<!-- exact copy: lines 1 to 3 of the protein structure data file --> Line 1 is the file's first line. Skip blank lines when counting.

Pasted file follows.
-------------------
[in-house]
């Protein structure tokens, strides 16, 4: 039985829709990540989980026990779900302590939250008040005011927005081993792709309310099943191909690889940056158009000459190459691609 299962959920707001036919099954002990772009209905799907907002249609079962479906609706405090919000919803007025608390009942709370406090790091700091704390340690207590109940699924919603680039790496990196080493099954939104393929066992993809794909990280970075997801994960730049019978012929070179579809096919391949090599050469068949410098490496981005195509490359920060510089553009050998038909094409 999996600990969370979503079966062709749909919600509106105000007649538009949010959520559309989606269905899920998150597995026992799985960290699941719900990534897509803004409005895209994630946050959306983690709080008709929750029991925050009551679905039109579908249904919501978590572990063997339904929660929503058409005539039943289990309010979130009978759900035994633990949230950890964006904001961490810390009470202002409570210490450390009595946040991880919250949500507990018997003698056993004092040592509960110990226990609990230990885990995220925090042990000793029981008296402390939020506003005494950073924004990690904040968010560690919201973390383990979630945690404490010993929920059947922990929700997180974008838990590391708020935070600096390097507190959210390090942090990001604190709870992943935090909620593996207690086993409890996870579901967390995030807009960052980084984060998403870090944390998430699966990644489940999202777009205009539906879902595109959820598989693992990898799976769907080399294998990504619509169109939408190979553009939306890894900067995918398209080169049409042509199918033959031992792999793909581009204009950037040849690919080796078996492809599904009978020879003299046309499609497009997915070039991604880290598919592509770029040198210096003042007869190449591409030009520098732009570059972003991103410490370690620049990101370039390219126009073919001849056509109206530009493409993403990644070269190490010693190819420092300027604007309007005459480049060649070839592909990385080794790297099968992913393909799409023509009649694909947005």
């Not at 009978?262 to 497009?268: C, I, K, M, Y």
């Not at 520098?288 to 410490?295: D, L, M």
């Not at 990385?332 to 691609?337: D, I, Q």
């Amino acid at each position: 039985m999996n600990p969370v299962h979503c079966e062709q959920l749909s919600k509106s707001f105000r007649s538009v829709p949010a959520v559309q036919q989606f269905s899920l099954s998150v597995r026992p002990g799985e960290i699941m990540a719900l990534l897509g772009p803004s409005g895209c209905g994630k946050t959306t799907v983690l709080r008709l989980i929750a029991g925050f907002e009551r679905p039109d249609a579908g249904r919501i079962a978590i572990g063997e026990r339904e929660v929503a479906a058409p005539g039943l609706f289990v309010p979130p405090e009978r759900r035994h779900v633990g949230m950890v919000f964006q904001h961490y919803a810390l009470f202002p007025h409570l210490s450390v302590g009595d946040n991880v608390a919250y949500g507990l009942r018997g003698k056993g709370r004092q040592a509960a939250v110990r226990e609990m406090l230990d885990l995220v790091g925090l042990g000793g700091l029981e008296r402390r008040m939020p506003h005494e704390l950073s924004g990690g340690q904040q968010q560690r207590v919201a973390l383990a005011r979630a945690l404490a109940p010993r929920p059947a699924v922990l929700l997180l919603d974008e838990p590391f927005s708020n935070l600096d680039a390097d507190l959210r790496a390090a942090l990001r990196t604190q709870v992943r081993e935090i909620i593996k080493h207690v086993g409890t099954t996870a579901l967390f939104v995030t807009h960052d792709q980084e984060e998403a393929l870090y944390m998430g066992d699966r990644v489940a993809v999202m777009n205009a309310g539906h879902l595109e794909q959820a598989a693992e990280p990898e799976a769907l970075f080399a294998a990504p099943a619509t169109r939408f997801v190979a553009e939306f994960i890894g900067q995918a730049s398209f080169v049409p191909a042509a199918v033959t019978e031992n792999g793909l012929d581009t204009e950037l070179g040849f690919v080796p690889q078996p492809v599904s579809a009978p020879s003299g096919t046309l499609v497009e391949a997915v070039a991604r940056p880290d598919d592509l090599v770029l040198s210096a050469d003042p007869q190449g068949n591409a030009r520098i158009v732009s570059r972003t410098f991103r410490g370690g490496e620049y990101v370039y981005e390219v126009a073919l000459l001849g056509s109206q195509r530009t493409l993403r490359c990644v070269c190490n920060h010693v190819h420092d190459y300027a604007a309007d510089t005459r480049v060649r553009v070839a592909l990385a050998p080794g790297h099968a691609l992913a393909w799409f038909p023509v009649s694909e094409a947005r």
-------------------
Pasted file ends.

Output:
[in-house]
């Protein structure tokens, strides 16, 4: 039985829709990540989980026990779900302590939250008040005011927005081993792709309310099943191909690889940056158009000459190459691609 299962959920707001036919099954002990772009209905799907907002249609079962479906609706405090919000919803007025608390009942709370406090790091700091704390340690207590109940699924919603680039790496990196080493099954939104393929066992993809794909990280970075997801994960730049019978012929070179579809096919391949090599050469068949410098490496981005195509490359920060510089553009050998038909094409 999996600990969370979503079966062709749909919600509106105000007649538009949010959520559309989606269905899920998150597995026992799985960290699941719900990534897509803004409005895209994630946050959306983690709080008709929750029991925050009551679905039109579908249904919501978590572990063997339904929660929503058409005539039943289990309010979130009978759900035994633990949230950890964006904001961490810390009470202002409570210490450390009595946040991880919250949500507990018997003698056993004092040592509960110990226990609990230990885990995220925090042990000793029981008296402390939020506003005494950073924004990690904040968010560690919201973390383990979630945690404490010993929920059947922990929700997180974008838990590391708020935070600096390097507190959210390090942090990001604190709870992943935090909620593996207690086993409890996870579901967390995030807009960052980084984060998403870090944390998430699966990644489940999202777009205009539906879902595109959820598989693992990898799976769907080399294998990504619509169109939408190979553009939306890894900067995918398209080169049409042509199918033959031992792999793909581009204009950037040849690919080796078996492809599904009978020879003299046309499609497009997915070039991604880290598919592509770029040198210096003042007869190449591409030009520098732009570059972003991103410490370690620049990101370039390219126009073919001849056509109206530009493409993403990644070269190490010693190819420092300027604007309007005459480049060649070839592909990385080794790297099968992913393909799409023509009649694909947005």
């Not at 009978?262 to 497009?268: C, I, K, M, Y």